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Ferdinand F. Rohm

Civil War


Ferdinand Frederick Rohm was a native German who served as a soldier for the Union Army during the American Civil War. Rohm served as the chief bugler for the 16th Pennsylvania Cavalry regiment from September 1862 to June 1865 and was present for multiple campaigns and thirty-eight battles and military operations during the course of the war. For his heroism at the Second Battle of Ream’s Station, Rohm was awarded the Medal of Honor; the highest military decoration in the United States Armed Forces.

Ferdinand Rohm was born in Esslingen in the Kingdom of Württemberg on Aug. 30th, 1843. It is unknown when exactly Rohm immigrated to the United States, however, he was one of the many German immigrants that left the disunited German states who would go on to serve the Union Army during the American Civil War. 

In September of 1862, Rohm enlisted in service of the Union Army in Juniata County, Pennsylvania; where he was assigned to the 16th Pennsylvania Cavalry Regiment. After a year of enlistment, Rohm was transferred from F Company to the central command as chief bugler for the 16th Pennsylvania Cavalry regiment in 1863.

Prior to the Civil War, armed forces used drums and fifes to communicate messages across the battlefield and organize troop movements. However, due to many of the battles of the Civil War being staged in the hills and forests of the United States rather than open fields, it was difficult for soldiers to interpret the messages over consistent artillery, musket fire, and close quarters combat. The introduction of the bugle allowed for messages to travel greater distances across the battlefield and became indispensable to maneuver skirmishers during combat.  

The chief bugler was the bugler at the regimental level, responsible for instructing, training, and drilling the buglers attached to the companies of the regiment. Instructions and calls from the commanding officers were broadcasted with the chief bugler and further echoed by the buglers in their respective companies. 

As chief bugler, Ferdinand Rohm played an instrumental role on the battlefield in facilitating the orders from the commanding officers to the companies of the regiment. For the remaining two years of war, Rohm served as the chief bugler of 16th Pennsylvania Cavalry and directed the regiment in combat for thirty-eight operations and battles throughout seven different military campaigns. Rohm was present for many prominent battles during the Civil War including as the Battle of Gettysburg in July of 1863, the Battle of the Wilderness in May of 1864, and the Battle of Cold Harbor in late May of 1864. However, despite being present for these prominent battles, Rohm is most known for his actions at the Second Battle of Ream’s Station in Virginia of August 1864.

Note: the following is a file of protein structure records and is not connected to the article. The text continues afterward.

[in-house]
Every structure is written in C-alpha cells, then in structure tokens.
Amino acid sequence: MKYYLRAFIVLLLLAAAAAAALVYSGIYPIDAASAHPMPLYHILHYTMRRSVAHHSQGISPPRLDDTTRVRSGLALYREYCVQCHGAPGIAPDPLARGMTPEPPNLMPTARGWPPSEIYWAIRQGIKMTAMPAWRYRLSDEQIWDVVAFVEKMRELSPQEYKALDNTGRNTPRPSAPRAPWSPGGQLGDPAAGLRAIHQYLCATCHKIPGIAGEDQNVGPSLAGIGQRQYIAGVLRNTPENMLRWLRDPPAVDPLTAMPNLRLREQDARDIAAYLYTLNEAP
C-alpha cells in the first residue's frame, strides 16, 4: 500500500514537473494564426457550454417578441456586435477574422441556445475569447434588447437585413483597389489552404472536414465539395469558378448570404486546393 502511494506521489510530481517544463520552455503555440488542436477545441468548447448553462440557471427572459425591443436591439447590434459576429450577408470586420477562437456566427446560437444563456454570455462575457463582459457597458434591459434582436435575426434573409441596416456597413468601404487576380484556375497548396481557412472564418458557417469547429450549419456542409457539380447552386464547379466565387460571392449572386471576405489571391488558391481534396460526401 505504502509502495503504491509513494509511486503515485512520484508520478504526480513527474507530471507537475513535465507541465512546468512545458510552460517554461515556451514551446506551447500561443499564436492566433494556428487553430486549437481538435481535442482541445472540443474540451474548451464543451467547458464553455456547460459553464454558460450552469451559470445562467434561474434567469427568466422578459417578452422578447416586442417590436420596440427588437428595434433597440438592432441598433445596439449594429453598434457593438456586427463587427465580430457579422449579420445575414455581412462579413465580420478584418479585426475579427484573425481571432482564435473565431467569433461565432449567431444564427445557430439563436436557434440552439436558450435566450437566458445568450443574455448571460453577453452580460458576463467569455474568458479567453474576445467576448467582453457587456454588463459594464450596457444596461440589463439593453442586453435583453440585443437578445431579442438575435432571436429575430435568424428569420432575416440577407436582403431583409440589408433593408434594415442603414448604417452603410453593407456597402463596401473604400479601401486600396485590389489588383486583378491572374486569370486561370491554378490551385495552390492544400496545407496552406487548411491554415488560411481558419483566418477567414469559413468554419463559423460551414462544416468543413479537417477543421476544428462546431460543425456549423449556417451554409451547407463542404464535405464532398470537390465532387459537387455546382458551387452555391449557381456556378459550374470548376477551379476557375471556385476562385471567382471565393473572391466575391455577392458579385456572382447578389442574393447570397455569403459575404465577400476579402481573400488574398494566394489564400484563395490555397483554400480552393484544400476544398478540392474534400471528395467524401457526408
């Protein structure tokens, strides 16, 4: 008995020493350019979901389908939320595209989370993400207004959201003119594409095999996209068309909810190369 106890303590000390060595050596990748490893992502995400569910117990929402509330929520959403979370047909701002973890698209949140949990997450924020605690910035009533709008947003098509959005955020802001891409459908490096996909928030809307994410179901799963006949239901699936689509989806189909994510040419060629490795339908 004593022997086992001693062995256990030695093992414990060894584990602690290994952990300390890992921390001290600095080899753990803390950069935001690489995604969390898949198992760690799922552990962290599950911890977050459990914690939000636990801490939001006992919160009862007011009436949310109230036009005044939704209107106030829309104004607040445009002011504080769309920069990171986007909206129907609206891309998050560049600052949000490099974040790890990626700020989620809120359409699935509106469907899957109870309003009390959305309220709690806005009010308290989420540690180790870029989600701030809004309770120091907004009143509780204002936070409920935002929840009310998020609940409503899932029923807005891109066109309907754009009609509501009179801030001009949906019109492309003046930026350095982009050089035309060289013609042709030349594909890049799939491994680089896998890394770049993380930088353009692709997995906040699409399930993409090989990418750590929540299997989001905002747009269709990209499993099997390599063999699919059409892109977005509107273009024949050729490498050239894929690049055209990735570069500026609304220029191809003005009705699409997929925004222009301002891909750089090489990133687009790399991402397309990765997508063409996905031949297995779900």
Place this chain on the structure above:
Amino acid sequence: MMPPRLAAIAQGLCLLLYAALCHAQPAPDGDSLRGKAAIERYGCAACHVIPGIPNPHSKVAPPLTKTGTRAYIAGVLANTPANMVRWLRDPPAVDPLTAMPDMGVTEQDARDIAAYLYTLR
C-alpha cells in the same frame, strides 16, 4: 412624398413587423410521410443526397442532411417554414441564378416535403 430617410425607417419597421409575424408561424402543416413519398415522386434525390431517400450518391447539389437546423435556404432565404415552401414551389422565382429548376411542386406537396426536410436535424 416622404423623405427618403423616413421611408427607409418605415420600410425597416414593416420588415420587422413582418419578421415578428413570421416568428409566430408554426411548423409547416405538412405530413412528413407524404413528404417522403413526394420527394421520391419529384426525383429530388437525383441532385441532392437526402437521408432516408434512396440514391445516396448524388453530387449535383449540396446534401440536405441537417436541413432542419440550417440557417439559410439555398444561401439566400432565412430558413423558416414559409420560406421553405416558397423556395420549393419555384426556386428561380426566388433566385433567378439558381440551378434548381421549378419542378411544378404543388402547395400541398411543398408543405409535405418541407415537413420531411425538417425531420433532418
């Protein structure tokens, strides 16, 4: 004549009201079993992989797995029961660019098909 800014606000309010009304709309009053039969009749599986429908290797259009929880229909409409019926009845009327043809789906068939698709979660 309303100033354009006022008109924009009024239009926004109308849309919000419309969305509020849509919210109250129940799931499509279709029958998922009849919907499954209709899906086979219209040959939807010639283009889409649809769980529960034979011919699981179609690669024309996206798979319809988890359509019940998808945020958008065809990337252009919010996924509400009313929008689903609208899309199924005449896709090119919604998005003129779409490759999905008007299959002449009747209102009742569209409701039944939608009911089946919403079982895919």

During the Second Battle of Ream’s Station, Chief Bugler Rohm performed an act of bravery and valor in which during an attack from Confederate forces, Rohm, rather than seeking immediate cover from enemy fire, remained on the battlefield to assist an officer, Colonel James A. Beaver, who in 1887 would become the 20th governor of Pennsylvania. In 1894, Rohm reflected on his service and heroic act in an interview with the Pittsburgh Post-Gazette:  

“Directly after [the rebels’] retreat a heavy skirmish line of the rebels appeared. It was followed by a line of battle which opened fire on us. We suffered considerably from their fire and fell back toward our infantry. Just after we had passed a small piece of woods about ten yards from our line of entrenchments I noticed a field officer lying on his back in the dust in the middle of the road, waving his hand toward us. My attention was particularly attracted to him by the fine, new dress uniform and the shoulder straps of a colonel which he wore. As I drew nearer I saw he was wounded. I knew if we did not take him along he would be captured by the enemy or killed. I jumped on my horse and upon examination saw he was shot through the thigh. I had three of our pioneers dismount and assist.” 

After his heroic act at the Second Battle of Ream’s Station, Rohm continued to fight against the Confederacy in the Appomattox campaign. However, just two days before the war’s end, on April 7th, 1865 during a charge in Farmville, Va, Rohm was hit in the head with a minie ball wounding him greatly. Although he survived his wounds, Rohm became permanently deaf in his left ear. On June 15th, Rohm was honorably discharged from the military and sent back to his home in Juniata County, Penn. 

After his honorable discharge from the United States army, Rohm married Mary Lindsay and would go on to raise seven children with her in Juniata County. In 1887, twenty-two years after the war, newly elected governor, James A. Beaver appointed Rohm to the park police at the Pennsylvania State Arsenal. Ten years later, Rohm would receive the Medal of Honor for his actions at the Second Battle of Ream’s Station and his act of service in saving the life of a wounded officer. Rohm continued his employment with the Commonwealth of Pennsylvania’s Public Grounds and Buildings department and in 1912 was promoted to sergeant in the Capitol Police. 

In November of 1917, Rohm fell ill while on guard at the Pennsylvania State Capitol Complex and was transported to Harrisburg’s Polyclinic Hospital, however, a couple days later Ferdinand F. Rohm would pass away at the age of seventy-four. His body was laid to rest at the Westminster Presbyterian Cemetery in Mifflintown, Penn. 

By Luke Romeo Alley